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Transneft on the defensive as Russia says won't fund oil clean-up

FILE PHOTO: Russian Finance Minister Anton Siluanov attends an international conference dedicated to the 175th anniversary of Sberbank in Moscow, Russia November 10, 2016. REUTERS/Sergei Karpukhin

By Olesya Astakhova and Mariya Gordeyeva

NUR-SULTAN (Reuters) - More than a month into the biggest crisis to hit Russia's Druzhba ("Friendship") pipeline, operator Transneft and the government are at odds over who should pay to clean up the contamination that halted flows.

Buyers are keen to know who will resolve the impasse, which has seen five million tonnes of oil contaminated with high levels of organic chloride disrupt deliveries to Belarus, Germany, Poland, Ukraine and a number of central European countries.

First Deputy Prime Minister Anton Siluanov said on Wednesday state-run Transneft should not expect Moscow to pick up the tab, while the pipeline operator maintains it was not at fault.

"In my opinion it would be wrong, it would be compensation from the (state) budget for the company which did not meet its contract obligations..." Siluanov said sidelines of a conference in Kazakhstan.

Transneft, headed by Nikolai Tokarev, a long-time ally of Russian President Vladimir Putin, has said the blame for the contamination rests with producers. Several people have been arrested in relation to the incident.

The company said Siluanov had made a "simplified assessment" of what had happened, Russia's RIA news agency reported, while a spokesman for Siluanov expressed surprise at the company's "emotional" reaction.

Transneft operates 68,000 km (42,253 miles) of trunk pipeline and is controlled by the state.

The biggest crisis to hit the Druzhba, which was built in 1960s, has sent customers scrambling for alternative supplies and led to refinery outages.

Total CEO Patrick Pouyanne told shareholders on Wednesday the company will seek compensation for losses after the contamination forced the French energy firm to halve output at its Leuna refinery in Germany.

He said while the costs of the contamination and eventual decontamination were still to be clarified, around $15 per barrel of compensation "is being mentioned".

The crisis has also cut Russia's oil production to an 11-month low and forced some countries to tap their strategic fuel reserves. Refilling Czech state strategic crude oil stocks will take about half a year, state reserves chief Pavel Svagr said.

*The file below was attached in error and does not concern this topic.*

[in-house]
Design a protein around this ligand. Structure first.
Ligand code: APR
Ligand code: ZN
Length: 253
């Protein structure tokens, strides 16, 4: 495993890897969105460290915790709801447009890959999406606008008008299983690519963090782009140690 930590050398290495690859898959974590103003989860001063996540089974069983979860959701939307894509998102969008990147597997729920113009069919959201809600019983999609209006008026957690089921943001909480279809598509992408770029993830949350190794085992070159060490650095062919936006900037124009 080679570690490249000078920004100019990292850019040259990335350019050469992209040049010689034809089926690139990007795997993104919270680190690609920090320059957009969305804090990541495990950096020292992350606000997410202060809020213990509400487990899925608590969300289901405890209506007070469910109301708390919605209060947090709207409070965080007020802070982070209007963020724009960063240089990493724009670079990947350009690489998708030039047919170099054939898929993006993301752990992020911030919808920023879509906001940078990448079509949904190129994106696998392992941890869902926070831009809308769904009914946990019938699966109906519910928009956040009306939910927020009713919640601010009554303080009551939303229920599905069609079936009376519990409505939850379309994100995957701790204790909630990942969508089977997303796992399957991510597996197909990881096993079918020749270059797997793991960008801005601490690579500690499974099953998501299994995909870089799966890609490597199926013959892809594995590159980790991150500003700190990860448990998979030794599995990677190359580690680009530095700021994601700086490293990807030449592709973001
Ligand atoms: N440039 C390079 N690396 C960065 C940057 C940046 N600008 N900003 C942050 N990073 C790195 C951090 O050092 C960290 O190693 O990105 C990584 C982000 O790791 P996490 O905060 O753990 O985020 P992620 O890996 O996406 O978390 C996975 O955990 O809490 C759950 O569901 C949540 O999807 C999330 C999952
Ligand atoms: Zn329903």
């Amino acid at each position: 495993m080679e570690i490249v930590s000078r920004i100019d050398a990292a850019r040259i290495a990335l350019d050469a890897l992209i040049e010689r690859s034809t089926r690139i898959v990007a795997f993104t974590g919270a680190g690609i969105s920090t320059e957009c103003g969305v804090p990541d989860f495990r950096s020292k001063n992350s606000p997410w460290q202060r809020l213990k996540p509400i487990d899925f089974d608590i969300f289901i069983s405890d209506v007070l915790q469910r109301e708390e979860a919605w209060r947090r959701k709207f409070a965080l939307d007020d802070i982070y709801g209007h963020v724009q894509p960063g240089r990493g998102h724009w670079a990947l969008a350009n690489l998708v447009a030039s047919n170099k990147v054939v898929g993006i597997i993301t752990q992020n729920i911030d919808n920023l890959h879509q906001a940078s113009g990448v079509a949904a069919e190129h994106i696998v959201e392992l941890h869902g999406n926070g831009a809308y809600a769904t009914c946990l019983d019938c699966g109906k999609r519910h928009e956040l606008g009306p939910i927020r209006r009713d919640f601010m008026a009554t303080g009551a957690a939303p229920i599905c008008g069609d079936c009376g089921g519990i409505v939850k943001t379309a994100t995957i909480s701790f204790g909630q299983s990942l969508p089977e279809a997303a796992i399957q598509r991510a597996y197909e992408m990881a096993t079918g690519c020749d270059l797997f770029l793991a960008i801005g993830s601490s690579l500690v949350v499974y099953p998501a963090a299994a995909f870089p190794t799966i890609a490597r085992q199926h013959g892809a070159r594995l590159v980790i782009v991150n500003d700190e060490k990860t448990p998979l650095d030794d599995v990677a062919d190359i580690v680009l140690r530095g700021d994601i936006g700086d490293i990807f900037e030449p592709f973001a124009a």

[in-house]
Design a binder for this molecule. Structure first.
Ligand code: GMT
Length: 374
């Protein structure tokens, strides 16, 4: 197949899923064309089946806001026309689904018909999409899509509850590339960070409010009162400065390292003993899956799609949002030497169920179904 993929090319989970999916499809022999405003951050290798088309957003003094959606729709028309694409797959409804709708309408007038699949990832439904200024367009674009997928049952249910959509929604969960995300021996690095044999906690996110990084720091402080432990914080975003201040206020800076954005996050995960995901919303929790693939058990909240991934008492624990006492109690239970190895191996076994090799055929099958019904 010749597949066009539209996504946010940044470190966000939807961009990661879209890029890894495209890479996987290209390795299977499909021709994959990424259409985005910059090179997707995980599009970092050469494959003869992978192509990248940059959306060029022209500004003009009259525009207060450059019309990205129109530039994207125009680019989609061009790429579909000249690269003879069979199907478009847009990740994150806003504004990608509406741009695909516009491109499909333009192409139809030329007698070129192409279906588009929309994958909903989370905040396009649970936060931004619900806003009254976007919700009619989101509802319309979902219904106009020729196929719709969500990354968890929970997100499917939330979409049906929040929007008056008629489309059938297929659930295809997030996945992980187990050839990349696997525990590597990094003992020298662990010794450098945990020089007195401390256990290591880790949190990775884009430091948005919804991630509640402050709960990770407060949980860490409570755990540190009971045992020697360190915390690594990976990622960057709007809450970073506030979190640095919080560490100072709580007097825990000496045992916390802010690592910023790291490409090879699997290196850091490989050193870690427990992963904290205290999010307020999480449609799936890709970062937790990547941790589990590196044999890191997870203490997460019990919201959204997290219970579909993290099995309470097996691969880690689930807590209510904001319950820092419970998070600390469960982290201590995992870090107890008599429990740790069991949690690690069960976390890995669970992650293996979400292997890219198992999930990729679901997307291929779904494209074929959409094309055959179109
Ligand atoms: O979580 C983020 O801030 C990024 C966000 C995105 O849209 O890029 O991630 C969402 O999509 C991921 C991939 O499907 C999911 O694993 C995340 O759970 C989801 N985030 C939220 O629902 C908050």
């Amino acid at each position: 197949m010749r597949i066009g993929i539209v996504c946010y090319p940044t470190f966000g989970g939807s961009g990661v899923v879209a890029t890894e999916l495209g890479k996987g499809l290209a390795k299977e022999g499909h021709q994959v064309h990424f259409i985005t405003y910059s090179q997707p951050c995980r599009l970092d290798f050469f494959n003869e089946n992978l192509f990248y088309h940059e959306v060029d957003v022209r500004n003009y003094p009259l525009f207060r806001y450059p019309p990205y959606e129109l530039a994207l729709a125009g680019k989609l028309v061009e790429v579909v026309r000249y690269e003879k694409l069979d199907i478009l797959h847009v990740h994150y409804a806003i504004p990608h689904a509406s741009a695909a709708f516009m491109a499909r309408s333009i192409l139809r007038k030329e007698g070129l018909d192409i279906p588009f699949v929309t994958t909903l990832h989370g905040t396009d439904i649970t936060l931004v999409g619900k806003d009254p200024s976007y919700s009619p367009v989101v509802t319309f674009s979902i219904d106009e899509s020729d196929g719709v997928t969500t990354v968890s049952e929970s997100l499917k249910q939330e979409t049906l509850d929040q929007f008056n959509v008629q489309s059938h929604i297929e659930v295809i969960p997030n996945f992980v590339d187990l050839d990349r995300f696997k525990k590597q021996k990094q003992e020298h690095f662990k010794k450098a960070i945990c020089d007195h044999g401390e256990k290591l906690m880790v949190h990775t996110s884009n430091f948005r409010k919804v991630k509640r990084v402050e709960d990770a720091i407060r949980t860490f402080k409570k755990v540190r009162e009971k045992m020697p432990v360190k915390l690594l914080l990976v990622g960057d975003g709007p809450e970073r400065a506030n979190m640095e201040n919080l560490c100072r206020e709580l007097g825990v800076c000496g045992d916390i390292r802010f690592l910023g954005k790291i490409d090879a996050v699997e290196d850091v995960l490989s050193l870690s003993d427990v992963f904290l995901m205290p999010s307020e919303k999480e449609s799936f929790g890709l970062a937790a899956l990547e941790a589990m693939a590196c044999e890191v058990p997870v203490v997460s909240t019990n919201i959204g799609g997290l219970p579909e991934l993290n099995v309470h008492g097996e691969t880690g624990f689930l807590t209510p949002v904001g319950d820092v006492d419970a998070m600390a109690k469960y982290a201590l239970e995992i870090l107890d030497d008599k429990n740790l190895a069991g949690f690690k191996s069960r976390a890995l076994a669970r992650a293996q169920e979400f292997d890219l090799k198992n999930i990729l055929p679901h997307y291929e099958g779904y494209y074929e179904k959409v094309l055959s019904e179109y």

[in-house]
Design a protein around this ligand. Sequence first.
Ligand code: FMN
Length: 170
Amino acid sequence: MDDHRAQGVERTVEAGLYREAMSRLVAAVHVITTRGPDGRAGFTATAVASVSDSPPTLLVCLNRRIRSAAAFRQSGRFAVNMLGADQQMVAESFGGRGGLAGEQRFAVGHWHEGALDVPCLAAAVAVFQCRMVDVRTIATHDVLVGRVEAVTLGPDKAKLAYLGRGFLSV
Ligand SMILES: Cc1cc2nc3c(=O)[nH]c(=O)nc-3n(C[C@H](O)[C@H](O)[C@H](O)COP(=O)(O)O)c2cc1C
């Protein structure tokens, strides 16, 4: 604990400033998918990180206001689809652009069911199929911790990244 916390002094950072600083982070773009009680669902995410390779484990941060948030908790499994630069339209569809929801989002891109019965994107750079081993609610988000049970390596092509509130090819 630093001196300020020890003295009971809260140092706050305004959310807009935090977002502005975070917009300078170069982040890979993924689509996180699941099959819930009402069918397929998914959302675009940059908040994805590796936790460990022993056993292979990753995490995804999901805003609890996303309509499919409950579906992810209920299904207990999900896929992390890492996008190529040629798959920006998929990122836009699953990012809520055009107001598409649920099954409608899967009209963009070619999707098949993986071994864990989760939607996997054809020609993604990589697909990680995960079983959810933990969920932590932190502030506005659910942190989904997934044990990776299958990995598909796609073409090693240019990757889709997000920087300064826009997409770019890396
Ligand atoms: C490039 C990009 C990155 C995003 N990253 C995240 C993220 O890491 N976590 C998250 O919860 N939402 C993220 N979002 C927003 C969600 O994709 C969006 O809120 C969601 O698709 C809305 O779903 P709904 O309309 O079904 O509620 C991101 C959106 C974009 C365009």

Ukraine's pipeline network is blocked by some 380,000-390,000 tonnes of tainted Russian oil, Nikolai Gavrilenko, head of transit company UkrTransNafta, told Reuters.

"We are shipping clean oil," he said, declining to elaborate. Oil from Ukraine travels west to Hungary and Slovakia.

In Belarus, the plan is to clean the pipeline by pumping the contaminated oil back to Russia under a deal reached last Friday.

As of Wednesday Belarus had returned 163,000 tonnes of contaminated oil via the Druzhba pipeline, Transneft said.

Belarus President Alexander Lukashenko has said the cost of damage from the contaminated oil was "enormous" and that Belarus expected compensation. He said the cost could run into the hundreds of millions of dollars and that he hoped Russia would not dispute the costs.

Russian officials and its European oil buyers have met twice this month aiming to resolve the issue. The next round of talks is set for Moscow on June 3.

The CEO of Polish refiner PKN Orlen said on Wednesday he believed talks about restoring flows to Poland would achieve a breakthrough.

Last week Russian Deputy Prime Minister Dmitry Kozak said the pipeline would be cleaned up to the border with Poland by June 10.

Excessive levels of organic chloride, which is used in oil extraction, were found last month in crude pumped to Russia's Baltic port of Ust-Luga and through the Druzhba pipeline.

Russia's energy ministry said on Wednesday that organic chloride content in crude at Ust-Luga had fallen to 4 parts per million (ppm), below 10 ppm - the maximum allowed level by the Russian state standards.

Some traders, however, said the contamination level was still too high.

(Additional reporting by Olga Yagova and Darya Korsunskaya in Moscow; writing by Vladimir Soldatkin and Maxim Rodionov; editing by Jason Neely)

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